Marketing Automobiles

Marketing Automobiles
Let's take a look at the way that certain automobiles are presented to the public.
Published by: All Car Central Publishing
Date published: 09/30/2014

Marketing Automobiles

We all know that food and other manufacturers market their products to select groups of customer, I.e. Young Family Households, Middle aged customers and of course Senior Citizens. Vacation Cruise ships follow much the same pattern, example: Carnival Cruises for the family, promoted as the fun ship vacation. I could go on with fashion magazines, catalogs, hunting equipment etc.. However, do we ever associate such marketing techniques to the choice and purchase of an automobile? I certainly don't and I am sure neither do you. We buy what attracts us be it fuel economy, looks or price etc. That's certainly what I think or rather what I used to think until I started to research the subject.


Let's take a look at the way that certain automobiles are presented to the public. We all agree that Safety...both for the driver and his/her family is a strong incentive yet...until a short time ago this was the domain of only one or two manufacturer's. Example: VOLVO who sold and promoted their vehicles as the safest car on the road, anywhere. While the competition talked about style, comfort, speed and image, Volvo promoted safety for you and your family. At the same time almost by chance any would be purchaser was told that this ultra safe car could also cruise at 80 mph and when required could move into the three figure range. I recall one promotional write-up that said, and I quote: "Each model is designed for safety and tested by being driven into a concrete wall at thirty MPH...The wall came off worse!" Never a cheap means of transport but the price was justified by its safety record.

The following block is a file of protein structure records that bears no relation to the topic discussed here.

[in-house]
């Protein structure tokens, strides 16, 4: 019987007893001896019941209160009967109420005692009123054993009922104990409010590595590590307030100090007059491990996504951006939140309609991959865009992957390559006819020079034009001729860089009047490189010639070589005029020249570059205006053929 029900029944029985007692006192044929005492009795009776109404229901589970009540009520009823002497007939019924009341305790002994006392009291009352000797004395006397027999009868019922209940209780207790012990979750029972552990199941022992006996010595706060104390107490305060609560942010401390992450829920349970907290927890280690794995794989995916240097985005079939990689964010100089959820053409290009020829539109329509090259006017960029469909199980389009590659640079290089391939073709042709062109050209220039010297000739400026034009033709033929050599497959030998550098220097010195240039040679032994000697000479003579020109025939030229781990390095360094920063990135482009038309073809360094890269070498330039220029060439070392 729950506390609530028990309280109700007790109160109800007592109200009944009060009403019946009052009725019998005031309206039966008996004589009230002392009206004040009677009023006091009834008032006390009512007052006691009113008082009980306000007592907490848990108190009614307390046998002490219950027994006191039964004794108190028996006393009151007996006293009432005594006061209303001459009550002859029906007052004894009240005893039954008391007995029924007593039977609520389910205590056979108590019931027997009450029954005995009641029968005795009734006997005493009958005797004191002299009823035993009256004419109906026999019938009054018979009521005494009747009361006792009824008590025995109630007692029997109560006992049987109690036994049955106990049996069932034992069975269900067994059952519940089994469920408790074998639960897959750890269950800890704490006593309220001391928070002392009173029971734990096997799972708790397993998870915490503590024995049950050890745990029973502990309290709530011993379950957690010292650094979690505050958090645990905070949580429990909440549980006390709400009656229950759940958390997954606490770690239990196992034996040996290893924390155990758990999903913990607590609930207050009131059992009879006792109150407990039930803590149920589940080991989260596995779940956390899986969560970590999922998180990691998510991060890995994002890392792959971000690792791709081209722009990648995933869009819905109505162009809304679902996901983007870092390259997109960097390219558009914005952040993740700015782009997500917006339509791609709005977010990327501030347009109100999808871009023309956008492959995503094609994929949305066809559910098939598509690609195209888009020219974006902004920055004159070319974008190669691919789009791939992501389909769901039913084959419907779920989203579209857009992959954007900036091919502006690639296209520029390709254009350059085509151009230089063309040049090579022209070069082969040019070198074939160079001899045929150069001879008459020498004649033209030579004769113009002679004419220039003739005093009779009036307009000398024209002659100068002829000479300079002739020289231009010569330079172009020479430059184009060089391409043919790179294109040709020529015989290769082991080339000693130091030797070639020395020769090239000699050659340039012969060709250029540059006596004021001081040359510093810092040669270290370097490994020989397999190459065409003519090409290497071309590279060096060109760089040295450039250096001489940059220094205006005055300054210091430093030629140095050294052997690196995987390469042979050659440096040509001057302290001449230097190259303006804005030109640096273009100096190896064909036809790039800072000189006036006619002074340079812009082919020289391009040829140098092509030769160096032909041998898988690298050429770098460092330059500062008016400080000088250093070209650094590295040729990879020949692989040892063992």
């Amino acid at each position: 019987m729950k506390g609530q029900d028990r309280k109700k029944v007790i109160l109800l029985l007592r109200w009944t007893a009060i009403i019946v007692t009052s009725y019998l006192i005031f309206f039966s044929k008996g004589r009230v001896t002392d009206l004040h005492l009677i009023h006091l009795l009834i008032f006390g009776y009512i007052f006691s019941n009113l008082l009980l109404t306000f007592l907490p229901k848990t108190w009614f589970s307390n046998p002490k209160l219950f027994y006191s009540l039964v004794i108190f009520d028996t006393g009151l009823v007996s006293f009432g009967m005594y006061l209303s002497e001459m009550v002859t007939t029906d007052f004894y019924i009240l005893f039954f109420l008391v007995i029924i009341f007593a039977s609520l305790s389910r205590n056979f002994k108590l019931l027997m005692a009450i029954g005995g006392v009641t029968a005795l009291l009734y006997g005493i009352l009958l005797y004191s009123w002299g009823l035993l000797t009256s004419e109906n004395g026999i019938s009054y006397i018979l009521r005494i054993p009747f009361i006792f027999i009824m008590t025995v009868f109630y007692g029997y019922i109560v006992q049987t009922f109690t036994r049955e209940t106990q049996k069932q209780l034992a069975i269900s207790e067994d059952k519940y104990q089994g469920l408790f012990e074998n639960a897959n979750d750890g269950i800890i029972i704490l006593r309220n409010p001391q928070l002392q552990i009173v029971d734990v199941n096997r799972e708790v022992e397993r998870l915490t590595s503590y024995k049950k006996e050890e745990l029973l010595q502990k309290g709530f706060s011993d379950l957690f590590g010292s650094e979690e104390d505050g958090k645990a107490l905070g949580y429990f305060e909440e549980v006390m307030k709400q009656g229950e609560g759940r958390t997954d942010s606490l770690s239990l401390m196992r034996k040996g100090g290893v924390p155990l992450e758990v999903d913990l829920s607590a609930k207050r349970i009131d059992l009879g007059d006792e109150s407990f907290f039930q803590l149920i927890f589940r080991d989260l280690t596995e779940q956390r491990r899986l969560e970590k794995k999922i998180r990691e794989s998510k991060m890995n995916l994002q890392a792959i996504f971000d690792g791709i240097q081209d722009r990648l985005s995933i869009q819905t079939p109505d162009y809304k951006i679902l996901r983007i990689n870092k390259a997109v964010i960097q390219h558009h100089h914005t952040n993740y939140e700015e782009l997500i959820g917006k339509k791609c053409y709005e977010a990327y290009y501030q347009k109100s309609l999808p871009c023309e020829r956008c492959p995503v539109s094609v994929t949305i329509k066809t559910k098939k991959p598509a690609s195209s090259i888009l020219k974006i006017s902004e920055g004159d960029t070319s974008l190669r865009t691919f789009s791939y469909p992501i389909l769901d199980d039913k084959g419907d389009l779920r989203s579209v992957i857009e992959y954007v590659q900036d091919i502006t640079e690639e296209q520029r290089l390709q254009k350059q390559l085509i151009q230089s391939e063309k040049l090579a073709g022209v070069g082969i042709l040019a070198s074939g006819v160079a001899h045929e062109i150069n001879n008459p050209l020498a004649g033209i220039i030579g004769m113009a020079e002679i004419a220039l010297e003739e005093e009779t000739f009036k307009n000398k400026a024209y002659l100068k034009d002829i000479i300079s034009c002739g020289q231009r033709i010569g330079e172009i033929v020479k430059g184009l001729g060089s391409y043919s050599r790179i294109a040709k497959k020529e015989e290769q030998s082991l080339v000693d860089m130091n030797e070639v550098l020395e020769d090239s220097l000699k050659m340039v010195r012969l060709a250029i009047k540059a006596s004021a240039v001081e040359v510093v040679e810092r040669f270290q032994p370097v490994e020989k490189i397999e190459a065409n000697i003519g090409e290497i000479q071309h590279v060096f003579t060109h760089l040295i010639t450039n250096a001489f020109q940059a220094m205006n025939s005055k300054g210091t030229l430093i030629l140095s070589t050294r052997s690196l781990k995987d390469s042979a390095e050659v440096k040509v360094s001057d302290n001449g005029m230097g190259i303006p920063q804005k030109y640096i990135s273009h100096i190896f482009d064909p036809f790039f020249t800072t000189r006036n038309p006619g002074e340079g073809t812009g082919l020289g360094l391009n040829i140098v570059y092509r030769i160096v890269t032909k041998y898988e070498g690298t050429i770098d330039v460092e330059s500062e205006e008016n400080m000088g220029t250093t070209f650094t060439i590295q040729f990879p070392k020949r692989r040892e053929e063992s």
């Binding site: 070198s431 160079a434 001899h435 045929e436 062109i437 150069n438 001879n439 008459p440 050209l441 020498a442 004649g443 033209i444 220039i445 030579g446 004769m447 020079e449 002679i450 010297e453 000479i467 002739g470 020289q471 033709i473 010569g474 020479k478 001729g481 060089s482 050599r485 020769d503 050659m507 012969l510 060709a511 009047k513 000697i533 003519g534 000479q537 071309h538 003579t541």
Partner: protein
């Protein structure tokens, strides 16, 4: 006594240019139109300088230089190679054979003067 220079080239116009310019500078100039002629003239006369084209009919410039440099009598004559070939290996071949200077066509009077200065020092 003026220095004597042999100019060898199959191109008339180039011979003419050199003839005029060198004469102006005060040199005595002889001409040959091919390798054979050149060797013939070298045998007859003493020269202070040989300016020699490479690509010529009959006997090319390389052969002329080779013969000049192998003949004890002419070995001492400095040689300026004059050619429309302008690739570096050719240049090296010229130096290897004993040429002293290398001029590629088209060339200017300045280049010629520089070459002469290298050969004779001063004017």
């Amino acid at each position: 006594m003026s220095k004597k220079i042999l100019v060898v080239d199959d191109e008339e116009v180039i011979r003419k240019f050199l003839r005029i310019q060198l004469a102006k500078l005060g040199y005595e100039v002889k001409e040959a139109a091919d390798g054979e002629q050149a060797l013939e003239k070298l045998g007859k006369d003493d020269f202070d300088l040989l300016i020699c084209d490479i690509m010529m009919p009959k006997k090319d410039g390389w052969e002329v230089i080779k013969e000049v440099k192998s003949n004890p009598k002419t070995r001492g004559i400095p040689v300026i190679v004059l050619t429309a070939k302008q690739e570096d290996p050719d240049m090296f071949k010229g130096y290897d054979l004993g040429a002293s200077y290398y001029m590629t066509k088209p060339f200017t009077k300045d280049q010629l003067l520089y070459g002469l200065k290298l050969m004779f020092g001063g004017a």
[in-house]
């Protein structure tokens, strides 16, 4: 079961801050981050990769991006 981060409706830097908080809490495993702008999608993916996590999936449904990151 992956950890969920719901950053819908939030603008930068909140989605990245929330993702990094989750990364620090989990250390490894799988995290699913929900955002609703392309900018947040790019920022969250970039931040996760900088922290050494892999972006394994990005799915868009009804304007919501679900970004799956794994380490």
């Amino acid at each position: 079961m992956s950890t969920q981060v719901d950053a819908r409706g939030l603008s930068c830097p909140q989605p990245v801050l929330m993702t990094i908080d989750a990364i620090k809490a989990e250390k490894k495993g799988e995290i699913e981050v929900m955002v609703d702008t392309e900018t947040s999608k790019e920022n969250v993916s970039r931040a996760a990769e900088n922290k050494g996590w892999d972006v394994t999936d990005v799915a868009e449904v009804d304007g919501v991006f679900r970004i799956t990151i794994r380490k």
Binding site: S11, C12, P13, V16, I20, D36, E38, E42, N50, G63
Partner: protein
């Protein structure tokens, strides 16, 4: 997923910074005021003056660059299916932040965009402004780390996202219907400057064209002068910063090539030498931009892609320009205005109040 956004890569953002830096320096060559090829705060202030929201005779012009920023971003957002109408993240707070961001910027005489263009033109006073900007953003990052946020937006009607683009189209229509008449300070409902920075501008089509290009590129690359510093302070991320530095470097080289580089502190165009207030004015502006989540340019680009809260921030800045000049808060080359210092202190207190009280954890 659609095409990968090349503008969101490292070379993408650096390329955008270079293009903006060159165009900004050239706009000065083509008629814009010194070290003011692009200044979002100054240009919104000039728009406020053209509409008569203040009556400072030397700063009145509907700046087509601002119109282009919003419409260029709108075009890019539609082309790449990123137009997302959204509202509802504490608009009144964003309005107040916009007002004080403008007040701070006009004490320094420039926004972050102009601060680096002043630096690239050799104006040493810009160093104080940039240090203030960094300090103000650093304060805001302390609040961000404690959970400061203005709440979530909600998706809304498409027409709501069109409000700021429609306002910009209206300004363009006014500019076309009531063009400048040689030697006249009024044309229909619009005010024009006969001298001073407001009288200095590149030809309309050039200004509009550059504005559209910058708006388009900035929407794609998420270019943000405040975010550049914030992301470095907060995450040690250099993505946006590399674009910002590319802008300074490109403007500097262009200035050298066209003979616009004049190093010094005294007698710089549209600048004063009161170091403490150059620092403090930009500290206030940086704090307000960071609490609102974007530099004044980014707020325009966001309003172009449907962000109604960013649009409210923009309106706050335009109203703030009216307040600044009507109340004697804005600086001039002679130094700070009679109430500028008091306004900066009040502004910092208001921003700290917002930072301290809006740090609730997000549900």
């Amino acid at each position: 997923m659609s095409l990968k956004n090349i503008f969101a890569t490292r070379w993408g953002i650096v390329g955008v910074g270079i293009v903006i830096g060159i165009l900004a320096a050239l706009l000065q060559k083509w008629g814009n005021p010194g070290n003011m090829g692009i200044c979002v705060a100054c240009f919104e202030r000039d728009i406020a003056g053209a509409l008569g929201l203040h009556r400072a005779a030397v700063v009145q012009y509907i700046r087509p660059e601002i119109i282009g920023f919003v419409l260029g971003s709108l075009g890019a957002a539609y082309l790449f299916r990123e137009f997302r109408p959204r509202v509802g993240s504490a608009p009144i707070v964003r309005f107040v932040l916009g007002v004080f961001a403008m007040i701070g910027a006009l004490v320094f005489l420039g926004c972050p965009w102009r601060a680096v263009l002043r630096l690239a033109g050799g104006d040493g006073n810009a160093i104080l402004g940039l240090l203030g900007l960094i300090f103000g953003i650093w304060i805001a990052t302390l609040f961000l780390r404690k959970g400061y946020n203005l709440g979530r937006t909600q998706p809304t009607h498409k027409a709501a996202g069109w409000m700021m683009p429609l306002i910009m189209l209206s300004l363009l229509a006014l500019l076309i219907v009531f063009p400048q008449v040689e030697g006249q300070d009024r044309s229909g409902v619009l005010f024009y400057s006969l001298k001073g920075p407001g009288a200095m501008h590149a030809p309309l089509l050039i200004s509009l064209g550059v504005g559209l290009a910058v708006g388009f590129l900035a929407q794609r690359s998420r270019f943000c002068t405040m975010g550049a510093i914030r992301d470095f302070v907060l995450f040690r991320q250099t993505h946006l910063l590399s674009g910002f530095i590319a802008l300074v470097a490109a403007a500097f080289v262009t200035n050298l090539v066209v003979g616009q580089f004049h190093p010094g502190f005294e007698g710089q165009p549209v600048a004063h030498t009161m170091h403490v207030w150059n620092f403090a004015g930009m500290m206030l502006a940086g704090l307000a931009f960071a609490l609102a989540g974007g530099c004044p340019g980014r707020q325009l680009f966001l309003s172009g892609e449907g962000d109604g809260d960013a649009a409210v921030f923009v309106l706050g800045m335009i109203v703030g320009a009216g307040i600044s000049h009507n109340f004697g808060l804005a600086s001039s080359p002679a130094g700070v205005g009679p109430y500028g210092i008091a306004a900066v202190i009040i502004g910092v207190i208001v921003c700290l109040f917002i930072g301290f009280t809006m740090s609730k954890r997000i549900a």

Moving on, how about the BMW range described by the company as the "Ultimate Driving Experience". Most drivers, no matter what age or sex they may be, like to believe that they are excellent drivers, who are unfortunately surrounded by others who lack their skill and ability. Belonging to this group we are drawn to driving and even owning the Ultimate Driving Machine. None of the BMW promotional material talks about economy, top end performance, interior space etc. There is no need when you are presenting a unique opportunity to drive a car worthy of your skill and ability. What a great way to convince me that my driving experience requires that I should join the happy BMW family.